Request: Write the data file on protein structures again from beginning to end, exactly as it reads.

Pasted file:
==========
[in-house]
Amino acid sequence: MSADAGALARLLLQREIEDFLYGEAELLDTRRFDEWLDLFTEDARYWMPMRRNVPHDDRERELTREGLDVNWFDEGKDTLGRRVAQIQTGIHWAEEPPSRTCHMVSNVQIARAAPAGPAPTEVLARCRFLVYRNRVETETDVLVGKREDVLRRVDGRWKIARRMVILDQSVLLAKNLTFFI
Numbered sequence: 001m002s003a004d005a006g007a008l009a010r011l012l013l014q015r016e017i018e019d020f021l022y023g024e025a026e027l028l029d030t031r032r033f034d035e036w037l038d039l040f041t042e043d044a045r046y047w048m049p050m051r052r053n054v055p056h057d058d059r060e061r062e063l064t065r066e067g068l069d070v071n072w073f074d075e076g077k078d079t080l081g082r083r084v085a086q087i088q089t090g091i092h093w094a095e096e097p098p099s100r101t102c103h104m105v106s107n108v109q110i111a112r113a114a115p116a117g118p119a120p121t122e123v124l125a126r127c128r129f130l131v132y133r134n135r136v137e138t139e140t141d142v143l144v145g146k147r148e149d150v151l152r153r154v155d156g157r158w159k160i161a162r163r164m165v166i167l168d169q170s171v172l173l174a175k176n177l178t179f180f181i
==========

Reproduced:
[in-house]
Amino acid sequence: MSADAGALARLLLQREIEDFLYGEAELLDTRRFDEWLDLFTEDARYWMPMRRNVPHDDRERELTREGLDVNWFDEGKDTLGRRVAQIQTGIHWAEEPPSRTCHMVSNVQIARAAPAGPAPTEVLARCRFLVYRNRVETETDVLVGKREDVLRRVDGRWKIARRMVILDQSVLLAKNLTFFI
Numbered sequence: 001m002s003a004d005a006g007a008l009a010r011l012l013l014q015r016e017i018e019d020f021l022y023g024e025a026e027l028l029d030t031r032r033f034d035e036w037l038d039l040f041t042e043d044a045r046y047w048m049p050m051r052r053n054v055p056h057d058d059r060e061r062e063l064t065r066e067g068l069d070v071n072w073f074d075e076g077k078d079t080l081g082r083r084v085a086q087i088q089t090g091i092h093w094a095e096e097p098p099s100r101t102c103h104m105v106s107n108v109q110i111a112r113a114a115p116a117g118p119a120p121t122e123v124l125a126r127c128r129f130l131v132y133r134n135r136v137e138t139e140t141d142v143l144v145g146k147r148e149d150v151l152r153r154v155d156g157r158w159k160i161a162r163r164m165v166i167l168d169q170s171v172l173l174a175k176n177l178t179f180f181i